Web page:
Artists respond to the climate crisis

NAVA asked several artists whose work deals directly and indirectly with the climate crisis to share their thoughts and ideas for our sector.

“Completely tied into our identities and cultures is the land. We have, for as long as time, had systems in place, for good reason, to be able to live, while nurturing, and sustaining both ourselves and the land” says Hayley Millar-Baker, photographic artist and Gunditjmara woman from Victoria. “Our ancestors would be screaming. In as little as 200 years the lands have been drained and squeezed and stretched until it has nothing left to give.”

There is substantial research via IPCC Reports and scientific experts which demonstrate that societies’ most vulnerable are the most likely to feel the harshest impacts of climate devastation. This extends to First Nations communities, individuals with lower socio-economic status, and Australia’s youth, who are experiencing an increasing sense of hopelessness for the future.

On 20 September 2019, approximately 350,000 Australians gathered at youth-led climate action rallies around the country in one of the largest protest events in the nation's history. A further four million people across more than 150 countries also took to the streets in the world’s largest #ClimateStrike to date.

Prime Minister Scott Morrison has since claimed that the climate debate is creating “needless anxiety” in children. As the Australian government failed to update its emissions reduction commitments under the Paris agreement at the recent UN climate summit, collaborative artists from Perth, Olivia Tartaglia and Alex Tate say there’s much to be anxious about. Their recent work, Bureau of Meteoranxiety, “asks audiences to consider the climate emergency as a pervasive, inescapable force...It exists externally as something that seems too large to deal with, and internally as something too persistent to ignore. It will become a mental health issue long before the ocean reaches your doorstep.”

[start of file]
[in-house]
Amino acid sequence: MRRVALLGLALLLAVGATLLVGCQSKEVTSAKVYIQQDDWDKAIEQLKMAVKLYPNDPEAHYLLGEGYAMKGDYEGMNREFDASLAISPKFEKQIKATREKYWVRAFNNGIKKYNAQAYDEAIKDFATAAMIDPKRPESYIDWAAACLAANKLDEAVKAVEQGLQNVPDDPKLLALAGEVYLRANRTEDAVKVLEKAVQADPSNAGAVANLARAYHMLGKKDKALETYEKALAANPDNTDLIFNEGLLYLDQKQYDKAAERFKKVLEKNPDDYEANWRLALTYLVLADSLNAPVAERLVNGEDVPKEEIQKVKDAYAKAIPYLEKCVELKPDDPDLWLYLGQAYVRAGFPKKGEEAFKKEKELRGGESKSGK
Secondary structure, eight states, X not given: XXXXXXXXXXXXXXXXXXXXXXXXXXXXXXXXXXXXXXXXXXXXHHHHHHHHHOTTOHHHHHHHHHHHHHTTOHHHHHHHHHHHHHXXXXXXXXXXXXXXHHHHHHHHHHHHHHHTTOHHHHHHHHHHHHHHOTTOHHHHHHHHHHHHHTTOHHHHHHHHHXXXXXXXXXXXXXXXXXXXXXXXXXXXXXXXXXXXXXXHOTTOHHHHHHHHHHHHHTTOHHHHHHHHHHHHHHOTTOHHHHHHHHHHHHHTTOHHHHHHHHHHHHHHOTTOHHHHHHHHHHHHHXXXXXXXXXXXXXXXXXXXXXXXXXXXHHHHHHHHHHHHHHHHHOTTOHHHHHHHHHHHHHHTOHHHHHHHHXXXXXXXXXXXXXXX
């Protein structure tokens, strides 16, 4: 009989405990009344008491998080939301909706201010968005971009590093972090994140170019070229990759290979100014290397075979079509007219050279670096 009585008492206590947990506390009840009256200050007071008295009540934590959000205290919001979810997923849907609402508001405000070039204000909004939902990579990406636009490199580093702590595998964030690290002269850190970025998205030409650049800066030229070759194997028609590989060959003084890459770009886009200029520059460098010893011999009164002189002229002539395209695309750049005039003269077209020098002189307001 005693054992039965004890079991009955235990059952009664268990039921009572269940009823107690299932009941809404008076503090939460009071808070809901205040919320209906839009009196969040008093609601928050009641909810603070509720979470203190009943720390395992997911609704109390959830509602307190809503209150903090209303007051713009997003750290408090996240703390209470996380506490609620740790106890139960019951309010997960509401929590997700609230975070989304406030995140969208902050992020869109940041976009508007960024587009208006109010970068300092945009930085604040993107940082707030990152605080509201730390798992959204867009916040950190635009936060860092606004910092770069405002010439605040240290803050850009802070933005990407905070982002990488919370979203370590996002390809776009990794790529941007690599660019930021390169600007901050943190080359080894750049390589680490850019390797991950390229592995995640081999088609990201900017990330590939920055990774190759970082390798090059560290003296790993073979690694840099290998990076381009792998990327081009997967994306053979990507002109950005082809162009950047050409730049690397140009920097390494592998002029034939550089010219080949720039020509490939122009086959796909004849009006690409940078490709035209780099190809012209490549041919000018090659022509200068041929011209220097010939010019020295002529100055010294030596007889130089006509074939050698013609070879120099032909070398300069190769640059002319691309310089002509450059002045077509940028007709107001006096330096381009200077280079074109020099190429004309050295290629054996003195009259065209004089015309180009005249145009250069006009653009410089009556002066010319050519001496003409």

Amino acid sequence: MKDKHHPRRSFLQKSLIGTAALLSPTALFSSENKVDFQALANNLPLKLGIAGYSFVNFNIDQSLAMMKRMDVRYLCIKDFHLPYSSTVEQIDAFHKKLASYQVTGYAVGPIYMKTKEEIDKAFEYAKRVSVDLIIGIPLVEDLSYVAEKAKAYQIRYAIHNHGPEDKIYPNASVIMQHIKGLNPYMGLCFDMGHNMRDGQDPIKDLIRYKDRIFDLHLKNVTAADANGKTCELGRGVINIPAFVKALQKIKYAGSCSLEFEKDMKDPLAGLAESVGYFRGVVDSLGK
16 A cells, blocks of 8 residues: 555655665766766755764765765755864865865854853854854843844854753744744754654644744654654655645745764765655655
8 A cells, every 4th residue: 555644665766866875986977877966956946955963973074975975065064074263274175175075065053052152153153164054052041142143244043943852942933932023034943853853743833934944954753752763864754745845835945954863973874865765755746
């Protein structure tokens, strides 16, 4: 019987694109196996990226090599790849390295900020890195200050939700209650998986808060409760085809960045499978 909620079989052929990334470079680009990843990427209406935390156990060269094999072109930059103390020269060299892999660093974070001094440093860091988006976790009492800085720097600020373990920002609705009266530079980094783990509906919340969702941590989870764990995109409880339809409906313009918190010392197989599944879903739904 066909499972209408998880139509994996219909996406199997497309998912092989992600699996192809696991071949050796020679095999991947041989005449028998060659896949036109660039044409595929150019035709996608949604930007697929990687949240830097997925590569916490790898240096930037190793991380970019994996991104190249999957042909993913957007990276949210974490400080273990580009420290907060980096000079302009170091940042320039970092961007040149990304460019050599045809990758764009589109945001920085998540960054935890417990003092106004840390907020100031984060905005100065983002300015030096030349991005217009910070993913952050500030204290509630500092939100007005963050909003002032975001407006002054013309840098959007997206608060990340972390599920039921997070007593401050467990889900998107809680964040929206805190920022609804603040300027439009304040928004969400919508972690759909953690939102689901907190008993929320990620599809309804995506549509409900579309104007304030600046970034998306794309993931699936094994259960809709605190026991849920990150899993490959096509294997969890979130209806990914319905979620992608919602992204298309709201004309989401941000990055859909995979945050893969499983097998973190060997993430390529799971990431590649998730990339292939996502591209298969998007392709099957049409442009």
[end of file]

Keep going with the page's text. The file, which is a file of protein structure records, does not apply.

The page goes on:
Selena de Carvalho, experimental artist based in Lutruwrita (Tasmania), says “it is important to recognise the distinction between criminality and complicity, the difference, for example between driving a car, or using technology which could be framed as complicit behaviour, and capitalist enterprising built on a model of ever increasing expansion, resource extraction and exploitation, which should be viewed as criminal ecocide. I don't mention this as a way to shift blame away from the individual, but as a reminder to keep applying pressure on industry, regulatory bodies and politicians, alongside adapting personal behaviours/ consumer choices.”

NAVA recognises that the climate emergency is an issue of deep importance to many of our Members. NAVA's small team of staff feel that now is the time for urgent and meaningful climate action and joined artists and our art sector colleagues on the streets to demand:

  1. No new coal, oil and gas projects, including the Adani mine
  2. 100% renewable energy generation and exports by 2030
  3. Funding for a just transition and job creation for all fossil-fuel workers and communities. 

But there’s a great deal more we can be doing collectively as a sector.

The Sustainable Collections Committee of the Australian Institute for the Conservation of Cultural Materials (AICCM) have made environmental recommendations for reducing energy consumption in collections, exhibition and storage areas in galleries and museums. The new guidelines, which were ratified by the AICCM at the start of this year, shift the focus away from setting environmental conditions based on a common convention towards guidelines with greater flexibility to adapt to local needs of climate, collections and resourcing. The committee will be launching a new Sustainable Collections wiki at the upcoming AICCM National Conference in Melbourne, 13 - 15 November 2019. The wiki aims to be a learning hub for conservators to share ideas, knowledge and experiences as they deal with growing sustainability issues and plan collection care responses and transition strategies against these.